Measure, in scientific reporting, represents the information that is typically presented in the methodology section. In the Six Sigma methodology, it is important that formal and informal observation is carried out before an actual measurement process to ensure that effective data is captured. Six Sigma also encourages use of continuous data (such as average sales per region) as opposed to discrete data (such as sales per day) as this allows the practitioner to draw generalisations from the information at hand. At this point, the team establishes the techniques for collecting data about current performance that highlights project opportunities and provides a structure for monitoring subsequent improvements. Subsequently, a plan is laid out for data collection, with use of an instrument with validated psychometric properties. This process allows the setting up of a baseline measure, which can then be compared with the results obtained following implementation of the Six Sigma initiative (Stamatis, 2004).

In the third stage, or Analyze stage one would strive to arrive at an understanding of the outcomes obtained, or to return to the scientific method analogy, to the results of the investigation. The Six Sigma approach, however, also differs from the scientific approach in that at this point (and together with the following stage), the practitioner is also encouraged to continue
improving and streamlining processes, once the data is at hand. The practitioner strives to develop an appropriate understanding of the data and to arrive at its functionalutilisation (Pande, Neuman and Cavanagh, 2002).

In the Improve stage an attempt is made to generate novel ideas, designs and procedures and corresponds closely to the Discussion section in the classical scientific reporting. Important Six Sigma tools in this stage are the process of brainstorming, the development of the “should be” process map, the review and/or generation of the current FMEA (failure mode and effect analysis), a pilot of the recommended action and the preliminary implementation process (Stamatis, 2004). At this point, the creative element becomes of crucial importance in elucidation and derivation of outcomes.

The final stage, is the Control stage and at this point an attempt is made to crystallize the process and product improvements, while also monitoring the ongoing performance. This is a delicate point in the process as here the outcomes resulting from the investigation, measurement, and re-engineering of the process is passed on back to the original owner of the process. It becomes critical to have this process managed in a detailed and controlled plan to ensure that any benefits identified in the investigation are transferred to the persons responsible for the process on a day-today basis (Smith, Blakeslee and Koonce, 2002).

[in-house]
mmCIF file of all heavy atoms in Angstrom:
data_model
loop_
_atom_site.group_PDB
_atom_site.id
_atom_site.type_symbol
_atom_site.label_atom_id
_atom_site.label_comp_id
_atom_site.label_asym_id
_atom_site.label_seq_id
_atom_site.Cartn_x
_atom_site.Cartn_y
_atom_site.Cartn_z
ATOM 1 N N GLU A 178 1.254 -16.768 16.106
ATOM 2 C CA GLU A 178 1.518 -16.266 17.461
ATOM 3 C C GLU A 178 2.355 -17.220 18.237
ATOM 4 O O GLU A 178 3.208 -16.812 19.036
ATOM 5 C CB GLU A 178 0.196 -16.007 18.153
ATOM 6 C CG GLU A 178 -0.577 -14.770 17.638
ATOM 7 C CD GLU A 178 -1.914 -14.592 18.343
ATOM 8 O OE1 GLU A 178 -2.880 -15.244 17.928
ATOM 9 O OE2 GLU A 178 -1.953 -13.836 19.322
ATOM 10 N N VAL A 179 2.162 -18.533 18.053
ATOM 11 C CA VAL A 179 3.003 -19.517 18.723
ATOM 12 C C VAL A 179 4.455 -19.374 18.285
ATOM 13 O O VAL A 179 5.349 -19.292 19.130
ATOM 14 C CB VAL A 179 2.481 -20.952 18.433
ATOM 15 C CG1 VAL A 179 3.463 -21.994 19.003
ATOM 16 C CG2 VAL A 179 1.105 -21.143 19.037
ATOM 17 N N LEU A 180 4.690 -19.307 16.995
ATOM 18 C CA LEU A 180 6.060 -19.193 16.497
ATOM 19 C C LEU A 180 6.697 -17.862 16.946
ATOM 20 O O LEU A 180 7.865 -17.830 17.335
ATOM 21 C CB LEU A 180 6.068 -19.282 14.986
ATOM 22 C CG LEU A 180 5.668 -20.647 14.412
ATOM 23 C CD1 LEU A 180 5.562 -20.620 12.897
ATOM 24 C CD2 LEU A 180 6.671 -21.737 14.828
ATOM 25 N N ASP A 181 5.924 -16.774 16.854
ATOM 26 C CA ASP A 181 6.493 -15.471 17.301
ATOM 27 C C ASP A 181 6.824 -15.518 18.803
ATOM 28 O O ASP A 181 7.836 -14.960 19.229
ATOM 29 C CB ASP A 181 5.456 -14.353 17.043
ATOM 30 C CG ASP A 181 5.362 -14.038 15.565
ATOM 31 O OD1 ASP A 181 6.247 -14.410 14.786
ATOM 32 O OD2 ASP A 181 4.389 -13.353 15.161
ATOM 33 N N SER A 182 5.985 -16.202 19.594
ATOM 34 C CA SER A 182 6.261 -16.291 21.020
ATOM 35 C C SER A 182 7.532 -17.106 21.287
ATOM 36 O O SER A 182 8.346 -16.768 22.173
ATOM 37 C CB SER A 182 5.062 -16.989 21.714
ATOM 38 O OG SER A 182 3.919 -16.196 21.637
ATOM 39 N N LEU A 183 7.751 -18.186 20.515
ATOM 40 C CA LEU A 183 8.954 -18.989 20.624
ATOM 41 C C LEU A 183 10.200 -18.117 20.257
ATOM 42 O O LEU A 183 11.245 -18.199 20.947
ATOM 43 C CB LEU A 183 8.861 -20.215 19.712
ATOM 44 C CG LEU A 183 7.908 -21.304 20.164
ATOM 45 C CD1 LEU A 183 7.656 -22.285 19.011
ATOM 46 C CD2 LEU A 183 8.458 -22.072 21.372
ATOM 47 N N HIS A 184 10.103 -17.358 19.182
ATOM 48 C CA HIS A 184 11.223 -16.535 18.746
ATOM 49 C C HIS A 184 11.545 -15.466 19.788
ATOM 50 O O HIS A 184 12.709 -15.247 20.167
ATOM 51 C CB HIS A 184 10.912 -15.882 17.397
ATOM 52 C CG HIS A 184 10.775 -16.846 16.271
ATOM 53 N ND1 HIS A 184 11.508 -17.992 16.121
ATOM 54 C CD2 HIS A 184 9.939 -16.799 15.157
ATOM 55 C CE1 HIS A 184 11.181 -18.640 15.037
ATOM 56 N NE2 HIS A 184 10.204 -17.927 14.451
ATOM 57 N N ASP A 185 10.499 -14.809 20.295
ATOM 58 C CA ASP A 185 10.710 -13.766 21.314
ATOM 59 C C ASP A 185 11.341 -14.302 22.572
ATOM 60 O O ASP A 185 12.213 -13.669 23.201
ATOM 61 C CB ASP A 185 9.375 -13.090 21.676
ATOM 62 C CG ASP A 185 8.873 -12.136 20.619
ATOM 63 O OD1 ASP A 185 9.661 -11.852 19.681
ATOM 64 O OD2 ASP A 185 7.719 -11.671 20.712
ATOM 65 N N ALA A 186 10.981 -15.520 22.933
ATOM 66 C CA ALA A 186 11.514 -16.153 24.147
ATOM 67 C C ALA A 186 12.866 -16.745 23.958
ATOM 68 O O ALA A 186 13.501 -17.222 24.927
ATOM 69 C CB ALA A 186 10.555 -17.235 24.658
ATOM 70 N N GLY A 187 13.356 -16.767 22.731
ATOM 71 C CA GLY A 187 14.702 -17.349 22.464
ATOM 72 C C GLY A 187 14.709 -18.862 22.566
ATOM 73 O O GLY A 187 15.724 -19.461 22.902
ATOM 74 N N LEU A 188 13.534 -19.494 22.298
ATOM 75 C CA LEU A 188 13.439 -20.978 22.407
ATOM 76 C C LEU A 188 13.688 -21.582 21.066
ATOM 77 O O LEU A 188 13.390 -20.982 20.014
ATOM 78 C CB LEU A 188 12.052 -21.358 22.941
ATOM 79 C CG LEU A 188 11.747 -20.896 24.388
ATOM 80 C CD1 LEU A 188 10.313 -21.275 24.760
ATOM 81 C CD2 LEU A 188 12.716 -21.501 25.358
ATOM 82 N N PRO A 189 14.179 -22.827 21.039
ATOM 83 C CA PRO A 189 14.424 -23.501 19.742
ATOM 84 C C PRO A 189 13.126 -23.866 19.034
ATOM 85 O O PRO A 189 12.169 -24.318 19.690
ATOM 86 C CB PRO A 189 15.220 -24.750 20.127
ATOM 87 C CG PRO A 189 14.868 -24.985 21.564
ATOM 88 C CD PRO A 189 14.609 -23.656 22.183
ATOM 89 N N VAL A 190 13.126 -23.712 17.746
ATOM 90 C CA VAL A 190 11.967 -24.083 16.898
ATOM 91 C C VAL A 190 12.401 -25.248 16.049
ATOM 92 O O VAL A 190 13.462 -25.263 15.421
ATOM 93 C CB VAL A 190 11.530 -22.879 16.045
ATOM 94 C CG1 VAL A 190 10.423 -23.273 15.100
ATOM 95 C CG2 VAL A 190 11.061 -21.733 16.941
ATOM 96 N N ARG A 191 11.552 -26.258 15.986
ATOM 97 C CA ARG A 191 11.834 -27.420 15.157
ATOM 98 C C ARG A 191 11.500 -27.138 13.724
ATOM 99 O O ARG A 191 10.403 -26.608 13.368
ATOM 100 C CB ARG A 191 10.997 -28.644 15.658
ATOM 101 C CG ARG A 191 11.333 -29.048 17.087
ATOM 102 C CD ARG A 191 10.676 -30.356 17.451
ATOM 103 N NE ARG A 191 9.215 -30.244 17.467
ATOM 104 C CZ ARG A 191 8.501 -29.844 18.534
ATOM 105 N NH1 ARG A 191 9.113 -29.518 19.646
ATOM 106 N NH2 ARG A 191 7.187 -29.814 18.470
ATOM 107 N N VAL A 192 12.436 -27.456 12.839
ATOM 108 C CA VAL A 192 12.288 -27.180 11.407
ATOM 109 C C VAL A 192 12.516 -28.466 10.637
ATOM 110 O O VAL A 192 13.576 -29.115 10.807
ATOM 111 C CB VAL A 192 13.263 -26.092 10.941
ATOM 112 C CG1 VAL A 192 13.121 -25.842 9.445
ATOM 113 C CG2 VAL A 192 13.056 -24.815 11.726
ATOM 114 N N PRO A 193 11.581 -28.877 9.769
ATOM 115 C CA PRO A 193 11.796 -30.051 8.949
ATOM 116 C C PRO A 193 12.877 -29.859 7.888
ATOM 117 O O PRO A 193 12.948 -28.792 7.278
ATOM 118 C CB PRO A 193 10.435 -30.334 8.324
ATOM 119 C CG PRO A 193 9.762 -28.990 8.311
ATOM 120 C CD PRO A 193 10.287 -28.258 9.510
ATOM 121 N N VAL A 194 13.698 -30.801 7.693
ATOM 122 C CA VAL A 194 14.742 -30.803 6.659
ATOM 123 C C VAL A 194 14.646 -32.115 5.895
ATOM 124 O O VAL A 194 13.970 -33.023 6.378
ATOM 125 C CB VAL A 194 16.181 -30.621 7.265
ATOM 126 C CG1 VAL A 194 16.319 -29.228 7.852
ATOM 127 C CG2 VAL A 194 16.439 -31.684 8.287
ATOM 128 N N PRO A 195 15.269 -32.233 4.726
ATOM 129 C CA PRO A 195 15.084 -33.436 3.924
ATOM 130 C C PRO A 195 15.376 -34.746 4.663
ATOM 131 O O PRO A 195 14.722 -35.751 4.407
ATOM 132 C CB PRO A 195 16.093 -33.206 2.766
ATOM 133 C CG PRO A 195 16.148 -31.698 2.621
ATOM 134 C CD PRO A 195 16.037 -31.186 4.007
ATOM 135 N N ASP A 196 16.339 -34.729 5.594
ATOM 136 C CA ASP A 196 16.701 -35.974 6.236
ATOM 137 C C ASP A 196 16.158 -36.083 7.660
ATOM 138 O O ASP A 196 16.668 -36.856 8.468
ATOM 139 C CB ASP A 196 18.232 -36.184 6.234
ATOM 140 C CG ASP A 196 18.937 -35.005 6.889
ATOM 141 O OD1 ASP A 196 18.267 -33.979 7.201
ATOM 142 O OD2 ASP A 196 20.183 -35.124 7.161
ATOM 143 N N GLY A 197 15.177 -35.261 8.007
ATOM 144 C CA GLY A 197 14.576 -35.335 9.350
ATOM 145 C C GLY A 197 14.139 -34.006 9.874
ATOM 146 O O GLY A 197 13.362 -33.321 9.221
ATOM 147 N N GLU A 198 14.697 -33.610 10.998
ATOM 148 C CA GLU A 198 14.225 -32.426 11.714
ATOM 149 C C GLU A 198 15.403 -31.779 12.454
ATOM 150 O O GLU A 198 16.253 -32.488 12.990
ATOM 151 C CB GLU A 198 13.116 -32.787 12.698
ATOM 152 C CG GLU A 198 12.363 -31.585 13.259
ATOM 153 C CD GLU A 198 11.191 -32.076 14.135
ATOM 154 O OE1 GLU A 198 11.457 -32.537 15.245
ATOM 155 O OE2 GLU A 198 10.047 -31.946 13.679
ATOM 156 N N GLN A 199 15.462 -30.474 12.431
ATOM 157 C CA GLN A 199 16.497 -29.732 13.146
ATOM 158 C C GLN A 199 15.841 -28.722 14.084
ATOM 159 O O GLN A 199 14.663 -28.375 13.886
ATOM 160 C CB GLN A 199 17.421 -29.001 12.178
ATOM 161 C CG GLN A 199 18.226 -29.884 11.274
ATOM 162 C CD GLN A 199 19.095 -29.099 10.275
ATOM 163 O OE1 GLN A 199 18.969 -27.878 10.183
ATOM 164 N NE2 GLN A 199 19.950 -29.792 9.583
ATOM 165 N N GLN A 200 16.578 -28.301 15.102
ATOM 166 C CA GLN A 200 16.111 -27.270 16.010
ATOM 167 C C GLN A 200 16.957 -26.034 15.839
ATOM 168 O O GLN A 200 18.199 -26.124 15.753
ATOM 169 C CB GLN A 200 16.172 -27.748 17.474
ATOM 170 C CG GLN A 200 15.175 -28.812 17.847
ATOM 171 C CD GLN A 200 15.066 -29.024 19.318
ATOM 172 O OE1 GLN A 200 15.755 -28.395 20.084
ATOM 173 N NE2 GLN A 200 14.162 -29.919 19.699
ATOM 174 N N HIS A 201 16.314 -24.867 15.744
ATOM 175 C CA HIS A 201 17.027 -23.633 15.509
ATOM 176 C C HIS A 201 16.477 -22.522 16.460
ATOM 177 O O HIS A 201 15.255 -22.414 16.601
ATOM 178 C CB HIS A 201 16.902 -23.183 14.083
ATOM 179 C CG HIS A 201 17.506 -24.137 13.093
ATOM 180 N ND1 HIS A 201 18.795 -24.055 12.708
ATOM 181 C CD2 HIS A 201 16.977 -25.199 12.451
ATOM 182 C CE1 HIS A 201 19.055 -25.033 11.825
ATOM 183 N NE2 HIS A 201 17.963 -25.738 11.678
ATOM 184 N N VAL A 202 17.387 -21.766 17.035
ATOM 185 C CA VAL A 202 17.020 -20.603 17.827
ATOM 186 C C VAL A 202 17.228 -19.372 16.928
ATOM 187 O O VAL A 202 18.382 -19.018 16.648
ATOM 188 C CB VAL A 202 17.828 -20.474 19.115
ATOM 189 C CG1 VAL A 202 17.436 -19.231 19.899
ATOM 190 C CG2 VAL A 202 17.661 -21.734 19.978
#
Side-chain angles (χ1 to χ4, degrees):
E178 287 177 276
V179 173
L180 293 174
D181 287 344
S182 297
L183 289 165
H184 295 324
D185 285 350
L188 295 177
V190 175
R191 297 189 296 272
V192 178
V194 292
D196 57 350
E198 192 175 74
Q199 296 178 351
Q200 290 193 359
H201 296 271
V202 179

Concluding Remarks

The validity of the Six Sigma process is increasingly being demonstrated through the results practitioners achieve in the implementation of large scale projects but also through quick wins within organisations. In short, the approach is popular because it works and gives results.

In many ways, Six Sigma represents a new name for an age old practice: striving for near-perfect products and services for customers. By making recourse to numerical tools and a structured, referenced approach, Six Sigma presents a means for business to achieve and maintain results, while working within a conceptually sound framework. Six Sigma provides the fishing rod, but also the technique and measurement tools to make the fishing process sound. If the universe, of which the business world forms part, follows the rules of mathematics, harnessing this will prove to be of value for any business venture.


 

References

Content for this article was researched using the ISL’s Skillsoft online e-books and online lecturing tools:

  • Pande, P., & Holpp, L. (2002). The Six Sigma Success Story.
  • Pande, P., Neuman, R. P., & Cavanagh, R. R. (2002) The Six Sigma Way Team Fieldbook: An Implementation Guide for Process Improvement Teams.
  • Smith, D., Blakeslee, J., & Koonce, R. (2002). Strategic Six Sigma: Best Practices from the Executive Suite.
  • Stamatis, D. H. (2004). Six Sigma Fundamentals: A Complete Guide to the Systems, Methods and Tools.
Last modified onThursday, 26 December 2013 22:09
Calvin Cassar

Calvin Cassar is currently employed as Human Resources Manager at FTIAS, part of FTI GmbH, a multi-national company operating in the tourism industry. He holds particular interest and expertise in recruitment, assessment and quantitative analyses having gained exposure in these through academic as well as work experiences.